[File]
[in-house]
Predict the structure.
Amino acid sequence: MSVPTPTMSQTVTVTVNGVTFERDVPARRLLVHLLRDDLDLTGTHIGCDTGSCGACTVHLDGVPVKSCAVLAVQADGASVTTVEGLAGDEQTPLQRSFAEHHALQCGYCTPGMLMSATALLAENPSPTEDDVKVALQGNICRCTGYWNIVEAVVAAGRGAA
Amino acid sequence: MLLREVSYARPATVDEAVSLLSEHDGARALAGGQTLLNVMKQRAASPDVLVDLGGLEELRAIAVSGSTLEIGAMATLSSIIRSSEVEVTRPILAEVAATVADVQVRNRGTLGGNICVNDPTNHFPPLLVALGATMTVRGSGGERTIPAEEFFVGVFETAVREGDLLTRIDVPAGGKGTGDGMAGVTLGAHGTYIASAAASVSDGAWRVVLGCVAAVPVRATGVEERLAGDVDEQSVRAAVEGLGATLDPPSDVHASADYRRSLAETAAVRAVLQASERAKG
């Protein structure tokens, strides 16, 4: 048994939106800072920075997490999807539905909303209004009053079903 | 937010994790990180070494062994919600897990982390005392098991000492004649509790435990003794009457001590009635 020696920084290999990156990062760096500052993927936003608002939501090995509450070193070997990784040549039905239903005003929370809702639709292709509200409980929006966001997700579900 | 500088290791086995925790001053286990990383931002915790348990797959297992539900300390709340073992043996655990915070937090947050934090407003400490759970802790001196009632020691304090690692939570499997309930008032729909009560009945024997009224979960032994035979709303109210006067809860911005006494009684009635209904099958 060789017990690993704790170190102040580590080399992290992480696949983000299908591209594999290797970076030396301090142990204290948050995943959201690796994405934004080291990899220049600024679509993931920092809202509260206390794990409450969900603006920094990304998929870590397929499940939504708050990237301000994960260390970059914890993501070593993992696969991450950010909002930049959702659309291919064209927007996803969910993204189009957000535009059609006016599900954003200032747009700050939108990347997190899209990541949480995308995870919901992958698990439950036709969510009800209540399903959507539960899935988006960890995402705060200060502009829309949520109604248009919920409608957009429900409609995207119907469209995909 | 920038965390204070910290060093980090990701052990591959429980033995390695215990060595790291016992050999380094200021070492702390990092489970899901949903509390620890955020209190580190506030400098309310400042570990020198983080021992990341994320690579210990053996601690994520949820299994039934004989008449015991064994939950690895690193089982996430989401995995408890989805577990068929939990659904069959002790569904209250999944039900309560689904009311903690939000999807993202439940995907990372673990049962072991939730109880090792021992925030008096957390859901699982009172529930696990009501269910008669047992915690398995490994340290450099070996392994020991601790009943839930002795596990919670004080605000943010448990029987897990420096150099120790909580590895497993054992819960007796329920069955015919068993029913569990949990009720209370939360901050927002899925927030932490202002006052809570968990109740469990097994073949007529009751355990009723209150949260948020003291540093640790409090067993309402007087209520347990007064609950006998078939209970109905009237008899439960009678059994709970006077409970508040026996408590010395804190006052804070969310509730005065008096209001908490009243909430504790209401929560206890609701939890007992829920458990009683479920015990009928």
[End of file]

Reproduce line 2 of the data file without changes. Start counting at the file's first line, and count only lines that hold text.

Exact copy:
Predict the structure.